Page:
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Lake Chad most neglected crisis in 2016 despite hunger on 'epic scale'

By Emma Batha

LONDON (Thomson Reuters Foundation) - The humanitarian catastrophe in Lake Chad basin, where conflict has left over 8 million people destitute with many "teetering on the brink of famine", was the most neglected crisis in 2016, according to a survey of aid agencies.

Following Lake Chad in a Thomson Reuters Foundation poll of 19 leading aid groups were Yemen, where children are starving, and South Sudan where U.N. Secretary-General Ban Ki-moon fears genocide is about to start.

Overshadowed by the wars in Syria and Iraq and the global refugee and migrant crisis, Lake Chad barely made the headlines this year, but aid organizations said the crisis was "on an epic scale" with "terrifying rates of child malnutrition".

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"Syria broke my heart, but for out and out human suffering and almost zero media coverage, the food crisis sparked by Boko Haram in Nigeria and Niger was the pits," said Suzanna Tkalec, humanitarian director at Caritas.

Boko Haram militants have displaced 2.4 million people across Nigeria, Cameroon, Chad and Niger during a seven-year campaign to create an Islamist caliphate.

Oxfam said parts of northern Nigeria were already experiencing famine and Action Against Hunger warned many children were at risk of dying.

Almost 7 million people lack food but insecurity makes it hard for aid agencies to reach the most vulnerable.

International Medical Corps' programs director, Ognjen Radosavljevic, said border closures had disrupted markets, agriculture was collapsing and food was unaffordable.

"It is essential that the global community wakes up to the horrors ... in this region," he added.

YEMEN "SHAMES US ALL"

Aid workers also warned of famine in Yemen where nearly two years of war between a Saudi-led Arab coalition and the Iran-allied Houthi movement has pushed the Middle East's poorest country to breaking point.

The crisis, exacerbated by restrictions on imports, has left over four fifths of the population struggling to find enough food and water to survive.

"That's the highest level of humanitarian needs in the world and yet Yemen has received negligible media attention," said Laurie Lee, head of CARE.

Eight in 10 children are stunted and every 10 minutes a child dies from preventable diseases, agencies say.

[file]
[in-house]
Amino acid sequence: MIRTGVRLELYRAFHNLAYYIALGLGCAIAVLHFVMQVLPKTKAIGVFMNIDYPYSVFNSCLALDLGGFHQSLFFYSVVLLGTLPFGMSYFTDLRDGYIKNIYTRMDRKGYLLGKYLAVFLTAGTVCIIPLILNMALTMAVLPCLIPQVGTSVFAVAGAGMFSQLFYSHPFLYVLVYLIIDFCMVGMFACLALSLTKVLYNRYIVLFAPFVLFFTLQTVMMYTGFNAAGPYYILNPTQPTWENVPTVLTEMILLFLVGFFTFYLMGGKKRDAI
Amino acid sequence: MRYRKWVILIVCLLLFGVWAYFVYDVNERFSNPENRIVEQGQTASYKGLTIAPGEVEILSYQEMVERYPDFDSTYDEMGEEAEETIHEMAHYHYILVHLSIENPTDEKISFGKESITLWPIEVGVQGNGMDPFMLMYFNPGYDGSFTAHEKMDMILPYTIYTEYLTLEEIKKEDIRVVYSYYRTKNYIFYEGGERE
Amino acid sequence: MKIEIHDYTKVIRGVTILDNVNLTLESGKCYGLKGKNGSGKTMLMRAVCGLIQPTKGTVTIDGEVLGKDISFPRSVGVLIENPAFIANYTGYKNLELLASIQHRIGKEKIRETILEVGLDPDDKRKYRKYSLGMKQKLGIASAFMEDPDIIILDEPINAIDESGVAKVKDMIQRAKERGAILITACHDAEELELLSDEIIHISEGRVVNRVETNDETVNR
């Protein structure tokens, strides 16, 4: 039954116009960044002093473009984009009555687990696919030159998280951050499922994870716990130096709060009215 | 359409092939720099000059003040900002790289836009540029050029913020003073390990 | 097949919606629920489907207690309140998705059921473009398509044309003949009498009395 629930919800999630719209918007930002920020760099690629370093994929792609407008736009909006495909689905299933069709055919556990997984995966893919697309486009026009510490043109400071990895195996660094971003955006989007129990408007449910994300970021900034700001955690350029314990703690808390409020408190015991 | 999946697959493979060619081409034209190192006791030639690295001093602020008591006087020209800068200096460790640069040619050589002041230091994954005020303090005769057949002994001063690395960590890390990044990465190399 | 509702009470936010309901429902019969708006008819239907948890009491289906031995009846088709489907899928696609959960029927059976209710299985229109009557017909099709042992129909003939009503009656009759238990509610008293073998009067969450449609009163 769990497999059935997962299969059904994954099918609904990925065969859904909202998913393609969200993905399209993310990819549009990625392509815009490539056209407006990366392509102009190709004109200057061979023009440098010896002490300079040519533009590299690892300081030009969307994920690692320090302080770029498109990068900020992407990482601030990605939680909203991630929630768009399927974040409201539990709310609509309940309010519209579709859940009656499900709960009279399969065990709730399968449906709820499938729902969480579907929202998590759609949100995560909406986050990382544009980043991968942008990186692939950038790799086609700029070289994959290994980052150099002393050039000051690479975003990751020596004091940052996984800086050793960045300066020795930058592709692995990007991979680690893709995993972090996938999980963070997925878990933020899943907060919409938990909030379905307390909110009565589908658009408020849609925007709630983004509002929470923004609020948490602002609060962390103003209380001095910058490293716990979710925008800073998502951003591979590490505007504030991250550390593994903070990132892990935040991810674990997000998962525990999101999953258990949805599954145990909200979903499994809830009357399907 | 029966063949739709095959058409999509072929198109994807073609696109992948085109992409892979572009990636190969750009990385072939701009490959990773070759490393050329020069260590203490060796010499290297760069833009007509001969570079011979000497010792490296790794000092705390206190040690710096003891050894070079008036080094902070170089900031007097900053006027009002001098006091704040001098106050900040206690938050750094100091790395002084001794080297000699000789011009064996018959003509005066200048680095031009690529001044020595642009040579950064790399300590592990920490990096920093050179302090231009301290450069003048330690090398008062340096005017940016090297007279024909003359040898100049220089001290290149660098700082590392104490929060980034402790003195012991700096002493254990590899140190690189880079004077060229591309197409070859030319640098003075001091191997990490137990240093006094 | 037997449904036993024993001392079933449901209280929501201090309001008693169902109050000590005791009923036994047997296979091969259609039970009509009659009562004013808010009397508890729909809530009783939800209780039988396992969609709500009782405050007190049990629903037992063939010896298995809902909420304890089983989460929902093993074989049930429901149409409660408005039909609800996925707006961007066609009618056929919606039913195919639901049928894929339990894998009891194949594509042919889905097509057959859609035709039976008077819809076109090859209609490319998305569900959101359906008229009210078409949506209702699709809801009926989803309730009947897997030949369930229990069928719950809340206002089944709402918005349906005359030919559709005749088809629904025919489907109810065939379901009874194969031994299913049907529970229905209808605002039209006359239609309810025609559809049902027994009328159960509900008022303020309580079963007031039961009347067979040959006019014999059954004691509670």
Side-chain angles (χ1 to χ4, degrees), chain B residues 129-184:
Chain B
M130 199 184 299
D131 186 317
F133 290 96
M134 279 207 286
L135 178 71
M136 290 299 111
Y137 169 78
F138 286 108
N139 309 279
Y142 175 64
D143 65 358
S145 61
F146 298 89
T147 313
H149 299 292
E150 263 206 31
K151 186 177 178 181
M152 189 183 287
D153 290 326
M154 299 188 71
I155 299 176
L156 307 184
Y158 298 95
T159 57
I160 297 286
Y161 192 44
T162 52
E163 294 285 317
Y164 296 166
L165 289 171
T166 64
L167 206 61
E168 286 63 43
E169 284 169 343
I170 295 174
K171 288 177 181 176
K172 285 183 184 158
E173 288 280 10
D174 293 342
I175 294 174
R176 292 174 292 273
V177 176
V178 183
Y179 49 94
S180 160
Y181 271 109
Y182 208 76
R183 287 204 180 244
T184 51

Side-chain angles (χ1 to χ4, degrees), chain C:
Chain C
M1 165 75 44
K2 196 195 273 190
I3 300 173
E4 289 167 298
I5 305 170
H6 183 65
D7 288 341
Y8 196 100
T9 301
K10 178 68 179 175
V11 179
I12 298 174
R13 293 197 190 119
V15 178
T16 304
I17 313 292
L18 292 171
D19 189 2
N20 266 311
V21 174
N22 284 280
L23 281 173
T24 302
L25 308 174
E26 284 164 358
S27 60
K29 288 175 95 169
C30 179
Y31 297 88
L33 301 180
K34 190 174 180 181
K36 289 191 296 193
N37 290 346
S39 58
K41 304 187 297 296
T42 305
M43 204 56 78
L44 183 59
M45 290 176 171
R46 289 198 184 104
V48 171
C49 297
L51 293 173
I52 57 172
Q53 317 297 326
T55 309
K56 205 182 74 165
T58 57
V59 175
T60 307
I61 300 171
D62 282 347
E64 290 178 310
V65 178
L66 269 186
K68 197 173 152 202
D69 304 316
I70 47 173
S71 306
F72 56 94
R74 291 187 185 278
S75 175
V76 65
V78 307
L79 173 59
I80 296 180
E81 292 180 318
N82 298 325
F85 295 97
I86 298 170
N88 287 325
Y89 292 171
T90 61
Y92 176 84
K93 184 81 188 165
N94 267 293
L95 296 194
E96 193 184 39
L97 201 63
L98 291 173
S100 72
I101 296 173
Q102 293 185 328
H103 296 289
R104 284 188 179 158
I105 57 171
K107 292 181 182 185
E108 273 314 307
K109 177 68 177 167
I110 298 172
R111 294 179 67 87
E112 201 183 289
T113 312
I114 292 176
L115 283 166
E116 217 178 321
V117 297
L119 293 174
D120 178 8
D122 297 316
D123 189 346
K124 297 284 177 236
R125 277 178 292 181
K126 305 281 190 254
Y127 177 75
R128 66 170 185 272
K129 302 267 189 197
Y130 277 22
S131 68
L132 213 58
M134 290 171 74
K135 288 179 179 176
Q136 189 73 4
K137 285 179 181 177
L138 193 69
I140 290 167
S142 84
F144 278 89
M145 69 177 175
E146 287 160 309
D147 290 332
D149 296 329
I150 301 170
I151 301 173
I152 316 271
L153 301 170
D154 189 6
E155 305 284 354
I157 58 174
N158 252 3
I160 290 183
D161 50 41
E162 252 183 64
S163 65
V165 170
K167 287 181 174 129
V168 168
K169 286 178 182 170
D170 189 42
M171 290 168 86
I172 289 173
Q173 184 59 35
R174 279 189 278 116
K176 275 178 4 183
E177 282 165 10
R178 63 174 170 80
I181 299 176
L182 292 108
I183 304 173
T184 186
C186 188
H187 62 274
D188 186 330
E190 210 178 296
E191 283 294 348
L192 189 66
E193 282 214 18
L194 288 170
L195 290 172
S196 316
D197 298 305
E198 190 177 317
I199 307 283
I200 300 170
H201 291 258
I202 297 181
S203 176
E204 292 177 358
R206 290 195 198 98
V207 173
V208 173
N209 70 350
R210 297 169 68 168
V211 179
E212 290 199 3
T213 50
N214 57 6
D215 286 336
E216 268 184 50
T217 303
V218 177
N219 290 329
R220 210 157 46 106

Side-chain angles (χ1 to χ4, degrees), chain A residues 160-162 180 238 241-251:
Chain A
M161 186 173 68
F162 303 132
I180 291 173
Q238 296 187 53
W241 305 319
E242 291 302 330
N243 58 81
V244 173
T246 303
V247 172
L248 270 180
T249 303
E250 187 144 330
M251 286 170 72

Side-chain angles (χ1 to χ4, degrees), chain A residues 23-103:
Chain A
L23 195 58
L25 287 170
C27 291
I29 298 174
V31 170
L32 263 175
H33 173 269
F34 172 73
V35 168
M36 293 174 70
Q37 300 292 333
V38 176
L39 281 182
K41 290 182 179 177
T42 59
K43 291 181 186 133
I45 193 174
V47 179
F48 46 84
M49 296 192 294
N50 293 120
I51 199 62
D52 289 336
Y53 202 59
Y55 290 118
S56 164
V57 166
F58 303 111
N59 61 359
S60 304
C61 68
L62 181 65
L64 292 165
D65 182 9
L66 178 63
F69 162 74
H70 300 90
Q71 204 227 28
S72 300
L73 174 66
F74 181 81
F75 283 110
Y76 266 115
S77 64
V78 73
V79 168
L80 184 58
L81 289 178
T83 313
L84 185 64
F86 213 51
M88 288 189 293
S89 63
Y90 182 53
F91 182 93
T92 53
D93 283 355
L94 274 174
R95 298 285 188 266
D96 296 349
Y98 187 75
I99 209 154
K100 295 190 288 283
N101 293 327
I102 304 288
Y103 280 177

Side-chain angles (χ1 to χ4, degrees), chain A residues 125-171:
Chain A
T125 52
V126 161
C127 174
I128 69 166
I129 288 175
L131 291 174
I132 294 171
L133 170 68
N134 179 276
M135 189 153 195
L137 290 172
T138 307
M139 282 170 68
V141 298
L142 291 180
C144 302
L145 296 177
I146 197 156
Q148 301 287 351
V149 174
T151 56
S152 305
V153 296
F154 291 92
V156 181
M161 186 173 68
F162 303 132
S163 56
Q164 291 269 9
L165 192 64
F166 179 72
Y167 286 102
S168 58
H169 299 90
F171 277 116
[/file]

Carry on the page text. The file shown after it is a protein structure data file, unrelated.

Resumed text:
Some have warned that Yemen could run out of food within months.

"It is heart-breaking to already witness starving children," said Jan Egeland, head of the Norwegian Refugee Council, adding that all sides in the conflict were hampering aid deliveries.

"We must put an end to this man-made disaster that shames us all. If the situation is allowed to continue to deteriorate, it will result in famine across Yemen in 2017."

"OMINOUS SIGNS"

Several agencies sounded the alarm over South Sudan where there have been calls by the head of a U.N. human rights commission to deploy a 4,000-strong protection force to stop a "Rwanda-like" genocide.

"South Sudan passed the one million refugee mark this year, yet it is a crisis that has barely made the front pages," said Mercy Corps' director Craig Redmond, adding that the world's youngest country had overtaken Afghanistan as the most dangerous place to be an aid worker.

More than 3 million people have been uprooted by fighting, with 1.2 million seeking shelter in nearby countries.

Agencies said the response was chronically underfunded with the regional refugee plan getting only a third of the support it needed.

"In sheer scale it has become Africa's biggest displacement crisis. And as 2017 approaches the signs are ominous that more suffering is to come," U.N. refugee chief Filippo Grandi said.

The International Federation of the Red Cross (IFRC) and World Vision named the fallout from the powerful 2015-2016 El Nino weather phenomenon as the most neglected crisis, saying over 60 million people remained affected worldwide.

In southern Africa, El Nino-induced drought has devastated farms, killed off livestock and crippled food production, with "alarming consequences", said Garry Conille, IFRC's head of operations.

"Itis the poor and vulnerable once again who are suffering disproportionately and far too quietly," added Conille, a former Haitian prime minister.

Libya and Myanmar, where renewed violence has uprooted many Rohingya Muslims, were also flagged up in the poll.

International Rescue Committee's policy director Sanjayan Srikanthan said Libya, which has made headlines for the refugees and migrants leaving its shores for Europe, was in crisis.

Instability and fighting has left more than one in five Libyans needing humanitarian assistance and displaced 240,000 people, he said, adding that the healthcare system was on the brink of collapse.

Several agencies expressed alarm at the sheer number of neglected crises.

Christian Aid said 2016 was notable for "an emerging chasm between need and response" which threatened to undermine the foundations of humanitarian aid.

(Additional reporting Umberto Bacchi. Editing by Katie Nguyen. Please credit the Thomson Reuters Foundation, the charitable arm of Thomson Reuters, which covers humanitarian news, women's rights, trafficking, corruption and climate change. Visit news.trust.org to see more stories.)

 
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